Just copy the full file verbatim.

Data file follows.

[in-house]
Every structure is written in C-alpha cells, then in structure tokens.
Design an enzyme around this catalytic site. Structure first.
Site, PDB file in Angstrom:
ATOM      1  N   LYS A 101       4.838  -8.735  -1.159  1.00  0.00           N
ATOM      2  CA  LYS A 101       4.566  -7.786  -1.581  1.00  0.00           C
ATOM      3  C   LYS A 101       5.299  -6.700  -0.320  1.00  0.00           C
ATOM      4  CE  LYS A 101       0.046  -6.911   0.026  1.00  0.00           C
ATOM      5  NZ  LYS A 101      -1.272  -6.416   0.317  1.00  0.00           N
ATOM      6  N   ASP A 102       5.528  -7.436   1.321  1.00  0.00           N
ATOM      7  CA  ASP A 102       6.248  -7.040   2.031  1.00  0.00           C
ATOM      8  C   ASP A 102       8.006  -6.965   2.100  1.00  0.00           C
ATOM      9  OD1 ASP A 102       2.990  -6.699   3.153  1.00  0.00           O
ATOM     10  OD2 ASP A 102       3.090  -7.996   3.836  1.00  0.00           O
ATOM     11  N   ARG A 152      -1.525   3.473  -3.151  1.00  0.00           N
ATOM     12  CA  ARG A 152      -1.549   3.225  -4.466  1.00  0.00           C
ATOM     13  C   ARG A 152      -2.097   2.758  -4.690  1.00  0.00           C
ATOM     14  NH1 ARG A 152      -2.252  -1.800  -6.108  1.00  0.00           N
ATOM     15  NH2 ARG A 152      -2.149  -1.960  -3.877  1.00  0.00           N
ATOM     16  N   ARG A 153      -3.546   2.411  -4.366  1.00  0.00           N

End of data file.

[in-house]
Every structure is written in C-alpha cells, then in structure tokens.
Design an enzyme around this catalytic site. Structure first.
Site, PDB file in Angstrom:
ATOM      1  N   LYS A 101       4.838  -8.735  -1.159  1.00  0.00           N
ATOM      2  CA  LYS A 101       4.566  -7.786  -1.581  1.00  0.00           C
ATOM      3  C   LYS A 101       5.299  -6.700  -0.320  1.00  0.00           C
ATOM      4  CE  LYS A 101       0.046  -6.911   0.026  1.00  0.00           C
ATOM      5  NZ  LYS A 101      -1.272  -6.416   0.317  1.00  0.00           N
ATOM      6  N   ASP A 102       5.528  -7.436   1.321  1.00  0.00           N
ATOM      7  CA  ASP A 102       6.248  -7.040   2.031  1.00  0.00           C
ATOM      8  C   ASP A 102       8.006  -6.965   2.100  1.00  0.00           C
ATOM      9  OD1 ASP A 102       2.990  -6.699   3.153  1.00  0.00           O
ATOM     10  OD2 ASP A 102       3.090  -7.996   3.836  1.00  0.00           O
ATOM     11  N   ARG A 152      -1.525   3.473  -3.151  1.00  0.00           N
ATOM     12  CA  ARG A 152      -1.549   3.225  -4.466  1.00  0.00           C
ATOM     13  C   ARG A 152      -2.097   2.758  -4.690  1.00  0.00           C
ATOM     14  NH1 ARG A 152      -2.252  -1.800  -6.108  1.00  0.00           N
ATOM     15  NH2 ARG A 152      -2.149  -1.960  -3.877  1.00  0.00           N
ATOM     16  N   ARG A 153      -3.546   2.411  -4.366  1.00  0.00           N